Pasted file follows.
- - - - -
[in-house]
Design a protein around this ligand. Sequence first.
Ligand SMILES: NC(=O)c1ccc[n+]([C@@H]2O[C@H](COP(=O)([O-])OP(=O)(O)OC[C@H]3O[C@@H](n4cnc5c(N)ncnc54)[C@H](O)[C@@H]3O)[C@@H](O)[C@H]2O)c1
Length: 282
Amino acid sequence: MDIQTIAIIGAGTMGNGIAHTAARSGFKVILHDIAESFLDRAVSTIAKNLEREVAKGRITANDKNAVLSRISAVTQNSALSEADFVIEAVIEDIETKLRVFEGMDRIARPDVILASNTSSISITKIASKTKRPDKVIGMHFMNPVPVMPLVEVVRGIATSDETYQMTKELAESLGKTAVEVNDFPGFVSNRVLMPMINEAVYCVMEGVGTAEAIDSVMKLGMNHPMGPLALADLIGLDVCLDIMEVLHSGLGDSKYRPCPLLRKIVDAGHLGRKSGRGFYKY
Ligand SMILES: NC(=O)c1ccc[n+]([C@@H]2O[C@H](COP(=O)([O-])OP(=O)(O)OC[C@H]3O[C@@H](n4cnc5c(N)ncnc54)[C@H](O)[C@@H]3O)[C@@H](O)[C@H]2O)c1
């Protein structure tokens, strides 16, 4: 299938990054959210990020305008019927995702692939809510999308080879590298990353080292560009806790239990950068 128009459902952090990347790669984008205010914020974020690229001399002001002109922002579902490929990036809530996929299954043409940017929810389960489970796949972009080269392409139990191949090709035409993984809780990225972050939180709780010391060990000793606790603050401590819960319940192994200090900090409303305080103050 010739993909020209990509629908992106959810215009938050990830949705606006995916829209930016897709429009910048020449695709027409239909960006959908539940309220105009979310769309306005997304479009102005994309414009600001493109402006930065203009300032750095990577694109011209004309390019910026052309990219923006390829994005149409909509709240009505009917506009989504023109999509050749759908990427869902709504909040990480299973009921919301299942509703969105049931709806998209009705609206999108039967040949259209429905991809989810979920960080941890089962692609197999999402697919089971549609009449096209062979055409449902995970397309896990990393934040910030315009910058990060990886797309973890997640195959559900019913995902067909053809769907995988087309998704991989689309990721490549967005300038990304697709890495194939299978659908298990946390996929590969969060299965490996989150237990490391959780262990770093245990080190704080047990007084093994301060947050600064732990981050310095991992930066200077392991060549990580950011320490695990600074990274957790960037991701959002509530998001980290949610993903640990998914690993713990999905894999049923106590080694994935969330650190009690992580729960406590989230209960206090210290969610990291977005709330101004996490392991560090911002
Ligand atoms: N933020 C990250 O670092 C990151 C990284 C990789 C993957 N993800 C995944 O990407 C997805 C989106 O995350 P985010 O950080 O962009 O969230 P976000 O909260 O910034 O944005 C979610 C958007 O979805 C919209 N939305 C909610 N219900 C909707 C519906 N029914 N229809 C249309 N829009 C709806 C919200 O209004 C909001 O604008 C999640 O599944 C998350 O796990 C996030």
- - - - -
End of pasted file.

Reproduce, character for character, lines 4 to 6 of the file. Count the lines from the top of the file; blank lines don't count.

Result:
Length: 282
Amino acid sequence: MDIQTIAIIGAGTMGNGIAHTAARSGFKVILHDIAESFLDRAVSTIAKNLEREVAKGRITANDKNAVLSRISAVTQNSALSEADFVIEAVIEDIETKLRVFEGMDRIARPDVILASNTSSISITKIASKTKRPDKVIGMHFMNPVPVMPLVEVVRGIATSDETYQMTKELAESLGKTAVEVNDFPGFVSNRVLMPMINEAVYCVMEGVGTAEAIDSVMKLGMNHPMGPLALADLIGLDVCLDIMEVLHSGLGDSKYRPCPLLRKIVDAGHLGRKSGRGFYKY
Ligand SMILES: NC(=O)c1ccc[n+]([C@@H]2O[C@H](COP(=O)([O-])OP(=O)(O)OC[C@H]3O[C@@H](n4cnc5c(N)ncnc54)[C@H](O)[C@@H]3O)[C@@H](O)[C@H]2O)c1